You Inherit the Business Model of Your Biggest Investors

When I talk to startup founders who think they want to raise money from investors, I always ask this question:

What kind of money are you raising?

Most founders don’t know what I am talking about.

But this is the most important funding question founders need to answer.

Each founder should be clear about how they and their investors will align on the same specific game they will play together.

There are many different kinds of investors for different kinds of startup opportunities.

Founder goals and investor business models have to be matched or you won’t raise.

Or worse, you raise and get stuck with the wrong investment partner for your actual goal. That’s actually more painful for everyone.

So…which GROWTH & INVESTMENT game are you really playing?

  1. Are you playing the “Get some funding with a SAFE then a Series, A, B, C, or D rounds then IPO or sell the company for over $1 billion” game

    This unicorn game is for 5% of serious startups. It’s the game of the biggest VC funds. Most startups don’t have “VC-scale “opportunities that are big enough to pay back these big investments.

    A VC that invests $10M at a $50M valuation still expects to get a 10X return at least. Between dilution and timing, that’s unicorn territory. But 50% of these VC investments flame out for founders.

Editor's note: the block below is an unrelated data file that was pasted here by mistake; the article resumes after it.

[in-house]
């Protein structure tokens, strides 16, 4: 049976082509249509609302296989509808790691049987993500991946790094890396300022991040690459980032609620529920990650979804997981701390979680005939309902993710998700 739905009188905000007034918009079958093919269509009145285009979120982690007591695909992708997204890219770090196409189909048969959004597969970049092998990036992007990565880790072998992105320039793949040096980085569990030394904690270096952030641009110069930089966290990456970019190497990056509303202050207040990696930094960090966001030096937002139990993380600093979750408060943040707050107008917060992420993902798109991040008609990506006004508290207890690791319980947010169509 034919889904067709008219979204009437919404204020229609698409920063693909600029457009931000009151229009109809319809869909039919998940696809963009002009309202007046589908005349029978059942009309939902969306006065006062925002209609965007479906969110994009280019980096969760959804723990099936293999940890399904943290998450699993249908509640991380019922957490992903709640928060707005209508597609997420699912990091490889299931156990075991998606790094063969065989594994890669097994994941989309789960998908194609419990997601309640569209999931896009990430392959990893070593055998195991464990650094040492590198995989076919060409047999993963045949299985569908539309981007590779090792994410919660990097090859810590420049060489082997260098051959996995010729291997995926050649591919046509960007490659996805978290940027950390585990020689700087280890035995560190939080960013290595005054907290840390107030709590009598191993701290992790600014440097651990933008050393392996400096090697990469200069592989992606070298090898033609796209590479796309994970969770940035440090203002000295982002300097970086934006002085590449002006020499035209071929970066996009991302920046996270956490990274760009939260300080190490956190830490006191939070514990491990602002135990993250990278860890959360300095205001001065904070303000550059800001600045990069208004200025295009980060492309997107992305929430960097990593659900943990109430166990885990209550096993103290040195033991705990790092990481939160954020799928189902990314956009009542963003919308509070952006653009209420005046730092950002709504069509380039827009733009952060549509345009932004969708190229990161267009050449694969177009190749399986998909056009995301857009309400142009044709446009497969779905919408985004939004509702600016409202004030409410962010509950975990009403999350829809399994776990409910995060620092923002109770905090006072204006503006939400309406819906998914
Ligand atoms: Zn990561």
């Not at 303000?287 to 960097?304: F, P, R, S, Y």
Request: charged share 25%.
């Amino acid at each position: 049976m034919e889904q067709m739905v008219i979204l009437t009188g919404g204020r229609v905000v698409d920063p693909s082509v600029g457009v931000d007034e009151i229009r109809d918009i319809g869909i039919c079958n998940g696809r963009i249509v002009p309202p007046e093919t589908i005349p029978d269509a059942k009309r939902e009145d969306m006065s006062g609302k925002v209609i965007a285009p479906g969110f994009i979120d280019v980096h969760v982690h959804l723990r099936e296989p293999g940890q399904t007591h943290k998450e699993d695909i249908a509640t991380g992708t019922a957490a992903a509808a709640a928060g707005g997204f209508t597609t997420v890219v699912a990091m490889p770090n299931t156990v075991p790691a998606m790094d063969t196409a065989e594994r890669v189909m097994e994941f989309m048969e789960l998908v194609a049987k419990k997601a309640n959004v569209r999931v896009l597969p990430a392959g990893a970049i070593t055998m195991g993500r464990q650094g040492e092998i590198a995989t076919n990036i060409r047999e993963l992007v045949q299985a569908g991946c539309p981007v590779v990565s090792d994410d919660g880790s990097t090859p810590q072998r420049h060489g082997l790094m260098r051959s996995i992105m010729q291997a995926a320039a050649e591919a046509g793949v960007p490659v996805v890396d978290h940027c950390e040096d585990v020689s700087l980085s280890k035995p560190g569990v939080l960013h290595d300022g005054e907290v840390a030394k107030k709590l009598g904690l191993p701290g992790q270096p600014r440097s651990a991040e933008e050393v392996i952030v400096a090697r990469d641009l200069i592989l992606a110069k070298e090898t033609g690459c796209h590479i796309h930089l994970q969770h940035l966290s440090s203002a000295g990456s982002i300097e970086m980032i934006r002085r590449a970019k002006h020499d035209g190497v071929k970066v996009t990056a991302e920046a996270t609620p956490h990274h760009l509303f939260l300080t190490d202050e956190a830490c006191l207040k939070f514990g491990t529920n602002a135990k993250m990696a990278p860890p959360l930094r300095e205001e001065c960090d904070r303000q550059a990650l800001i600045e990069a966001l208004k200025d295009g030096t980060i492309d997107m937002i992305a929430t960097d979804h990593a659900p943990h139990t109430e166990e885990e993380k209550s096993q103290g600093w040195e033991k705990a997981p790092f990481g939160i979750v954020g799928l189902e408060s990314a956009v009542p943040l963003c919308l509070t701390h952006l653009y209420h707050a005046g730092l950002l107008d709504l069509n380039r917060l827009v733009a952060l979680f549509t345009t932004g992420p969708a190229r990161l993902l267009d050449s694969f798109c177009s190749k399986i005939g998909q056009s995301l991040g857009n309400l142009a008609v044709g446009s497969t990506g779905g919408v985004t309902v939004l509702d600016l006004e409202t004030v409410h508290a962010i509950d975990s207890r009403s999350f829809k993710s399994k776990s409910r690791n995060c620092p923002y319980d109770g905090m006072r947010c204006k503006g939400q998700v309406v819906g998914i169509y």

Founders who aren’t going to play the unicorn game shouldn’t talk about big valuations, big raises, and multiple rounds.

  2. Are you playing the “Small amount of efficient funding at practical valuations so you have the option to sell the company for $30M or $50M or $100M” game?

    Big VCs can’t win here. And neither can angels and seed funds if your pre-money valuation is too high and you keep raising.

    But you and your investors can win if you are efficient in your business, practical about valuations, and don’t raise again and again.

    There are many outside investors who like a clear and quick path to a 5X return. Some angels, growth equity VCs, and tech-savvy PEs.

    There are 20X more “founder-scale” exits under $50M than big $1B+ exits, but we only hear about the big ones.

  3. Most startups would be better off NOT raising from serious investors at all. Play the popular “Savings + profits + revenue funding + friends and family” game to an early exit. Or run it and love it for a long time.

Just grow more efficiently, say no to eager investors, and sell it for $10M-$75M.

And don’t bet it all and take the next 10 years of your life trying to get a unicorn win for your investors.

There’s an old saying: You inherit the business model of your biggest investors. The more you raise, the more this is true.

It’s the founder’s responsibility to decide and communicate which growth & investment game you are really playing, regardless of what “everyone says” you should do.

“Everyone” these days is usually the investors who expect you to play their game.

Founder-funding fit is up to the founder.

Founders should be asking investors what game they are playing too.

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